So, we have here something to think about in terms of our fellowship. Do we complain a lot? Are we arguing all the time? Both of which show that our lights are not shining. We are giving off the wrong impression. It is something that we should ask forgiveness for and put out of our lives.

Ephesians 5:8-14 For you were once darkness, but now you are light in the Lord. Walk as children of light (for the fruit of the Spirit is in all goodness, righteousness, and truth), finding out what is acceptable to the Lord. And have no fellowship with the unfruitful works of darkness, but rather expose them. For it is shameful even to speak of those things which are done by them in secret. But all things that are exposed are made manifest by the light, for whatever makes manifest is light. Therefore He says: "Awake, you who sleep, arise from the dead, and Christ will give you light."

Now Paul picks up here again on the sharp divide that Jesus makes on this matter of light and darkness. We were once evil, we were once darkness, and now we are good, we are light. I hope we are good. I hope that we are becoming better. Make sure that we stay on the good side. That is what Paul is getting at.

He mentions the fruit of the Spirit. The fruit of the Spirit gives us benchmarks to gauge where we stand along the line of this light versus darkness spectrum.

We know that if we look at the fruit of our lives, the fruit of what the Spirit is producing in us, whether something—an action, a behavior, a thought, or some sort of speech—is good, righteous, or true. We should be able to gauge that by the fruit of the Spirit that is in us. It should fall somewhere within those three things. It should be good, or righteous, or true.

If the things we are producing are not good, righteous, and/or true, then we are slipping toward the dark side.

And, in gauging these things going through our lives, seeing where we fall on this spectrum, we should then be in the midst of the process of proving what is acceptable in the Lord. We need to be evaluating ourselves to see how intense the light is that is shining from us.

As we go through our Christian life, we have to be constantly looking at what we are producing, seeing whether it fits with the good, the righteous, and the true. By this process, we prove to ourselves and to others who might be watching what is good and acceptable.

Of course, we are supposed to walking in the light all the time. He says in verse 11, "Have no fellowship with the unfruitful works of darkness." If something that you have come across is not good and right, and true, get rid of it! Have nothing to do with it. It will not produce anything good.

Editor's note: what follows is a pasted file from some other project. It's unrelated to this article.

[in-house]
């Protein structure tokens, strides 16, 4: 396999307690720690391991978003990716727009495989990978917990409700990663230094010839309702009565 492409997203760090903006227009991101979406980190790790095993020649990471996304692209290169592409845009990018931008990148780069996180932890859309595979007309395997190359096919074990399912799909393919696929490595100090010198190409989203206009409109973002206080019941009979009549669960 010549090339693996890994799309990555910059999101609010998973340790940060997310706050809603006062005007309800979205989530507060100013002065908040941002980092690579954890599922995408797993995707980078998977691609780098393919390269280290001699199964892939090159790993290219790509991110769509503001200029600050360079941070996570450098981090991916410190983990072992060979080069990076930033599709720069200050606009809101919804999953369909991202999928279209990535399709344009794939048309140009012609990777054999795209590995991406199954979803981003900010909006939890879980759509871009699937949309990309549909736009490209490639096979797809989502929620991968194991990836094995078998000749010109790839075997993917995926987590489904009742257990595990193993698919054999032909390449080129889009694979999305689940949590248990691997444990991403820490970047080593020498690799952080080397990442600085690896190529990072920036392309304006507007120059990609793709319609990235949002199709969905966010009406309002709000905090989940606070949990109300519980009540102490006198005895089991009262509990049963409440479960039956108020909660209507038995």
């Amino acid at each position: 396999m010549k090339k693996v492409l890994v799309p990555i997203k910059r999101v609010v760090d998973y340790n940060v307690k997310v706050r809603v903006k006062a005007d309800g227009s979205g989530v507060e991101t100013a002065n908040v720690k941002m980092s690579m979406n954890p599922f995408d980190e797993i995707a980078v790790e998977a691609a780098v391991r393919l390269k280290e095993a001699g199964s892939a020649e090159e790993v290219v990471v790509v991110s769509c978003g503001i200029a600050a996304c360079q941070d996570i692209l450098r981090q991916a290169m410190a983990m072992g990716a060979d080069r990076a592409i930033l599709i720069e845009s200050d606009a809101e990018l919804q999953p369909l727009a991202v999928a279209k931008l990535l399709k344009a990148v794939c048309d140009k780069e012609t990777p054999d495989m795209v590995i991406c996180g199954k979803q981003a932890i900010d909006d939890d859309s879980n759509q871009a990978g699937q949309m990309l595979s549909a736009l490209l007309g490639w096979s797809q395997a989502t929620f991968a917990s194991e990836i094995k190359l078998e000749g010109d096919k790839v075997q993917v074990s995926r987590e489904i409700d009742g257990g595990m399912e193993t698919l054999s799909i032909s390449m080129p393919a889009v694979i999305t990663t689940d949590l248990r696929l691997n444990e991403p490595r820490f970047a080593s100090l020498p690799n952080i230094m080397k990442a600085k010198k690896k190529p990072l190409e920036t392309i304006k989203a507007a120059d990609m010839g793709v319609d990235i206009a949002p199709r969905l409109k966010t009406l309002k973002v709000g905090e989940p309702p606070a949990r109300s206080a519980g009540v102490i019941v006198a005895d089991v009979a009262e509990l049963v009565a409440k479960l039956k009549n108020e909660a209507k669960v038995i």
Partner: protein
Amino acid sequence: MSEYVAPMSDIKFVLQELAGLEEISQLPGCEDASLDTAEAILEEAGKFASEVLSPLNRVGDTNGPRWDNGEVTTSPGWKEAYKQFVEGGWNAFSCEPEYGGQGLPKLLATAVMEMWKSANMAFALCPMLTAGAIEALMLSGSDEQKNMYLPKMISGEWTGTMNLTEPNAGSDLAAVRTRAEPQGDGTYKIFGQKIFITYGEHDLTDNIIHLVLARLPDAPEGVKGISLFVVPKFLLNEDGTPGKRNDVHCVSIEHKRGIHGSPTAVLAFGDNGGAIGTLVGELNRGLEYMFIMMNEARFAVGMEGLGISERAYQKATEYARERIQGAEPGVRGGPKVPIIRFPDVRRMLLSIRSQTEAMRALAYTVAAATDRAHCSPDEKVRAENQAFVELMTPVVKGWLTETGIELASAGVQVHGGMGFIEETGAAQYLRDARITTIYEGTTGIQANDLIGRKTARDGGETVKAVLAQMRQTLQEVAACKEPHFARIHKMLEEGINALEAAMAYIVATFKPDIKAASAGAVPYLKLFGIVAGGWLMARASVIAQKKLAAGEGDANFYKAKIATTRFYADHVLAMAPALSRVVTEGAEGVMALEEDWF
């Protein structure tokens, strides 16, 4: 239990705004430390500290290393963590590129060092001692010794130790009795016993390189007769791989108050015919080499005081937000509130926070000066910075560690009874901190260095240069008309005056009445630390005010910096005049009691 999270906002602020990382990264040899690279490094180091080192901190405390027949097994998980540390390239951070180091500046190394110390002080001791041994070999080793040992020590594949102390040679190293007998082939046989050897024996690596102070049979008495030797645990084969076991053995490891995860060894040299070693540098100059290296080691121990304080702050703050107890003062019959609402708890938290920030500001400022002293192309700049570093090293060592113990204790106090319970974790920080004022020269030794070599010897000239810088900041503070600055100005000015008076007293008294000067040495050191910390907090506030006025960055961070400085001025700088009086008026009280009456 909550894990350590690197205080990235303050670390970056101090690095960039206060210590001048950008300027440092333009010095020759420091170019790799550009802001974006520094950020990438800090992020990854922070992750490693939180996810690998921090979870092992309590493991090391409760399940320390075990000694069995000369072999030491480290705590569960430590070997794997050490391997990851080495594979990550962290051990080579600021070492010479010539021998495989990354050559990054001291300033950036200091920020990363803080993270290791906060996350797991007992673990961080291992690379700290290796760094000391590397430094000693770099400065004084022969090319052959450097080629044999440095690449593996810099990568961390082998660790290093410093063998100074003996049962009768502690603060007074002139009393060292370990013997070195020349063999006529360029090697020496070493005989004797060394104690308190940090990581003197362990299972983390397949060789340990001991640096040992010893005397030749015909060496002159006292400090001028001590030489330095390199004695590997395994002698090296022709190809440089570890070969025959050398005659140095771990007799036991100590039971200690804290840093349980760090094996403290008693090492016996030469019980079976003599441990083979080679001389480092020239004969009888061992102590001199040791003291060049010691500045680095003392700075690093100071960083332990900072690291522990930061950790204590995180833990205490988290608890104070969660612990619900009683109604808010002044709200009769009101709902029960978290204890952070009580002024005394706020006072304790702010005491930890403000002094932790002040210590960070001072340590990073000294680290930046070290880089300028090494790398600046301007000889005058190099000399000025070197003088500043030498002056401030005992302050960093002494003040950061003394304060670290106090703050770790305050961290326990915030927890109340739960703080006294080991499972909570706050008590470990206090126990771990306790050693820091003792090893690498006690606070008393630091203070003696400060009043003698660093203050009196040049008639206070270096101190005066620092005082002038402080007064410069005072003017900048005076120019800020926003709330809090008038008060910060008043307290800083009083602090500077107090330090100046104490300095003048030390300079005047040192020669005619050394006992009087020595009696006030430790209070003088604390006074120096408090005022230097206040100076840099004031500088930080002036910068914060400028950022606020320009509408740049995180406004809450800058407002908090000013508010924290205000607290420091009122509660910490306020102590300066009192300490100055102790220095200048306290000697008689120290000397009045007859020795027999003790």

This "have no fellowship with" can also be, "do not participate in or with," or it could be, "have nothing to do with." Do not skirt the edge of the cliff!

If you evaluate something, and you get a funny feeling about it, and you wonder just how right it is, RUN! Just like Joseph ran from Potiphar's wife. Leave everything behind and get out! Have nothing to do with those unfruitful works of darkness, because they are just going to shut your light down. They will flip your switch off.

Now, it says that we should expose these things. In the case of Joseph, he exposed her adultery by running, and leaving his coat behind. She used it to put him into prison. But, the astute reader of the Bible sees that it was proof of her licentiousness—her lust for him.

Exposing darkness can be done passively or actively. It could be done directly or indirectly. It could be done silently or done in word. Paul is not specific about how we expose these works of darkness. But, there are many indications that all we have to do is shine and those things are exposed.

All we have to do is be what God has made us to be. And, the darkness, the evil, is shown for what it is.

So, we do not need, necessarily, to get on some crusade about things. Certainly, we need to get on a crusade with ourselves, and expose the things that are within us that should not be, and run as fast as we can from them. The other things will take care of themselves.

God, if He wants to, will give us opportunities to make a witness in a broader sense, but we first must be making a witness to ourselves, and supporting those things that are right, and getting rid of those things that are darkness.

Then, Paul tells us, if we would go on here (verse 15 and beyond) that when we come across these situations, work on them wisely, and circumspectly. We need to really think about these things.

Paul goes into marriage and our light shining there. He goes into our childrearing. He goes into our employment. And then he ends up with the whole armor of God. All of these things have an effect on the light that shines from us. He tells us to start within ourselves, and then within our marriages, and then with our children, and then in our jobs and employers, and the ring continues outward from there. But, it all starts with number one. That is where we begin to expose the works of darkness and to get rid of it.

Today is the last Sabbath before the Feast of Tabernacles. Next week at this time, you will be hearing me again.